If that really is how the Bill interprets being trans, then I despair. Would it have been so difficult for the state to allow for self-identification instead of imposing definitions on us; definitions so poor that they require testing in court? If I say I’m a trans woman, why is that not acceptable? And where are the corresponding definitions of what constitutes a cis person? My guess is that they were deemed unnecessary because cis is the default; trans is the Other.
So if, for example, I were born physically female and “woke up one morning”, and declared to myself: “I am a man” […]
That could only have been written by a cis person. Seriously. I don’t know one single trans person who doesn’t have an innate sense of their gender, or gender variance if you prefer, often from an early age. To my mind, it’s one of the benchmarks of the condition. In that regard, the example fails – but for the sake of argument let’s press on:
[…] there would be nothing a court could do to dispute my self-identification. Equally, there would be nothing they could do to dispute me if the following day, I decided that I was a woman again. Because by my own standard, I had successfully ‘passed’ as whichever gender I chose. And similarly, I could change my identification hour-by-hour, minute-by-minute – without a court ever being able to prove that I was not ‘successfully passing’ as whatever gender identity I wanted.
Under these circumstances, it is hard to see how the Equality Bill would not provide for anyone, of any gender identification, to be covered by the legal phrase “undergoing gender reassignment”.
Just… no. This conflates ‘passing’ – in itself a contentious term – with self-identification and serves only to underline that Mr Grzegorczyk’s understanding is sketchy, at best. I doubt that even the most gender fluid person changes hir identification “hour-by-hour, minute-by-minute”, and the writer’s use of such reductio ab absurdum is frankly offensive.
Look, it’s not the site itself that I’m disappointed with – it’s not even Mr Grzegorczyk’s lack of comprehension of what it means to be trans in an overwhelmingly cis centred society – rather, it’s the apparent blind faith that such a poorly drafted piece of legislation is suddenly going to bring an end to the transphobic discrimination, bigotry and extreme violence to which trans people are routinely subjected: it isn’t. This legislation wouldn’t have prevented the murder of Kellie Telesford, that’s for sure. I don’t believe that any legislation alone could have done that.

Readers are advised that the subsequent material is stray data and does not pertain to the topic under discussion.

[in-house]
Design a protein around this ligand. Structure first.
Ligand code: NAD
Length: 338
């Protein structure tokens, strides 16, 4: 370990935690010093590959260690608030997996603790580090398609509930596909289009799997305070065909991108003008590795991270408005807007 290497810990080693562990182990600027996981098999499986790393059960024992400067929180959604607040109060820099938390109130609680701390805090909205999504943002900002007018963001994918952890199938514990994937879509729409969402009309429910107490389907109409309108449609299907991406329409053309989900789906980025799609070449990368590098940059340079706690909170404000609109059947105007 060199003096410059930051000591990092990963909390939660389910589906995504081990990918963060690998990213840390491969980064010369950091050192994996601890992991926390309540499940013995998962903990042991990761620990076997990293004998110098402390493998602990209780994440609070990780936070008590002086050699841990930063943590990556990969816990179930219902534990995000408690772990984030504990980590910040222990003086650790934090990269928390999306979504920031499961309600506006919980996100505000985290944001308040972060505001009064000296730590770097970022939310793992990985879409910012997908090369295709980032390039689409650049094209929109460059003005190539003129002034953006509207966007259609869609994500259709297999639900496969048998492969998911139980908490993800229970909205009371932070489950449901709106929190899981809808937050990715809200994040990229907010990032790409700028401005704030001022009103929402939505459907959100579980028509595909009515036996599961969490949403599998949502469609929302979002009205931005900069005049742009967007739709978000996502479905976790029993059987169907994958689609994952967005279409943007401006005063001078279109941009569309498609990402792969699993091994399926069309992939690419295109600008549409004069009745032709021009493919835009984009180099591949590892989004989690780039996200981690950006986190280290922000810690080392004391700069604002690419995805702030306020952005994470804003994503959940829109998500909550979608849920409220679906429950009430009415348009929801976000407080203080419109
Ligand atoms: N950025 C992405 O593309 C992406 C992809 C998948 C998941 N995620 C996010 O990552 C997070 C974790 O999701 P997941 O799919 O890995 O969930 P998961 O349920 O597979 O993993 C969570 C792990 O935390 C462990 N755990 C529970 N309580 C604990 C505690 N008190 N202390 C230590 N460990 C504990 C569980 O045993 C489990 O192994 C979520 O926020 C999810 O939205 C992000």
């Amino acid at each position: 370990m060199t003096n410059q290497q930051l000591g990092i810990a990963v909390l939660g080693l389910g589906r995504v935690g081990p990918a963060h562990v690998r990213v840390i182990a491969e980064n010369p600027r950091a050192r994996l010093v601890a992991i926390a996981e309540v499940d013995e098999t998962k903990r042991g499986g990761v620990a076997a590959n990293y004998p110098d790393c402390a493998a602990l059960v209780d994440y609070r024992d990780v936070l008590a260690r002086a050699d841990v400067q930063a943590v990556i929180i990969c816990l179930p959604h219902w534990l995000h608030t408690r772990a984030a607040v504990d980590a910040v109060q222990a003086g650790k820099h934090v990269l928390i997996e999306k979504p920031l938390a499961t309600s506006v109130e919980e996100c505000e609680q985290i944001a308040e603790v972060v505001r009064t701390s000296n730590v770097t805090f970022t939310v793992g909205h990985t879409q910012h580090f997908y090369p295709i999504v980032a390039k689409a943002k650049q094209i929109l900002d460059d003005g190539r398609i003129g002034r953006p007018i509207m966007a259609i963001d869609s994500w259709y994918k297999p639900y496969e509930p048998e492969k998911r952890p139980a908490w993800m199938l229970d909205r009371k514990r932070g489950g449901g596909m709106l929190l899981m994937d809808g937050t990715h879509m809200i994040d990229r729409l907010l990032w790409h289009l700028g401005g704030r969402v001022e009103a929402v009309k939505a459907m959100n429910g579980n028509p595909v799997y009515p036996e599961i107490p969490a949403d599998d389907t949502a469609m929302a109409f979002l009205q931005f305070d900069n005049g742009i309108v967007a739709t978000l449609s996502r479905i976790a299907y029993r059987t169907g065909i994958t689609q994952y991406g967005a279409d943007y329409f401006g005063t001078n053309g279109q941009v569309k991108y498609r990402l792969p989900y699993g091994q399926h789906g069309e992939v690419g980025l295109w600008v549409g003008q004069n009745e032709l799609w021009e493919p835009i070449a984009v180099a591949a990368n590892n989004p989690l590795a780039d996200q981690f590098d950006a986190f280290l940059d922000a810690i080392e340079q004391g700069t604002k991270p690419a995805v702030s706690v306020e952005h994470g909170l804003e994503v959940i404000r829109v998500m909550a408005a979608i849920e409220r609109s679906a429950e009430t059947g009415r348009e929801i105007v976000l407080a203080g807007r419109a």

What I would like to know is how it’s possible to legislate the thought crimes described in the Bill out of existence, while leaving intact the attitudes behind them. We should not have to justify our existence any more than cis people do – and our lives are no less important, or meaningless, or worthless simply because we are trans.
And I’d like to know why there’s no corresponding initiative to raise awareness and begin the long, slow process of changing the attitudes of cis people. Because ultimately, that would be a far more positive achievement than a law in which the needs of trans people seem to have been bolted on at the last minute, and which seems to have little or nothing to say on the penalties for breaching it – assuming, of course, that the provisions are indeed enforceable.
Maybe I’ve just experienced the hateful attitudes of too many cis people towards me on too many occasions, but it seems to me that this bill simply doesn’t address the realities of the day-to-day, lived existences of trans people. Transphobia, bigotry and discrimination happen to us each and every day: on the street, in the workplace, in our schools and colleges – and it always happens out of sight of the authorities who say they want to help us. That is the nature of this cis supremacist society in which we have to live, and it is that which this Bill fails to address.
Previous, related posts:
- Equality Bill group on Facebook (May 5, 2009)
- Equality Bill 2008-09 (April 28, 2009)
- ONS to calculate the size of Britain’s GLB population. But apparently not the number of trans people. (December 7, 2008)
- The Queen’s Speech and the Equality Bill (December 3, 2008)
- Equalities Bill announced (June 26, 2008)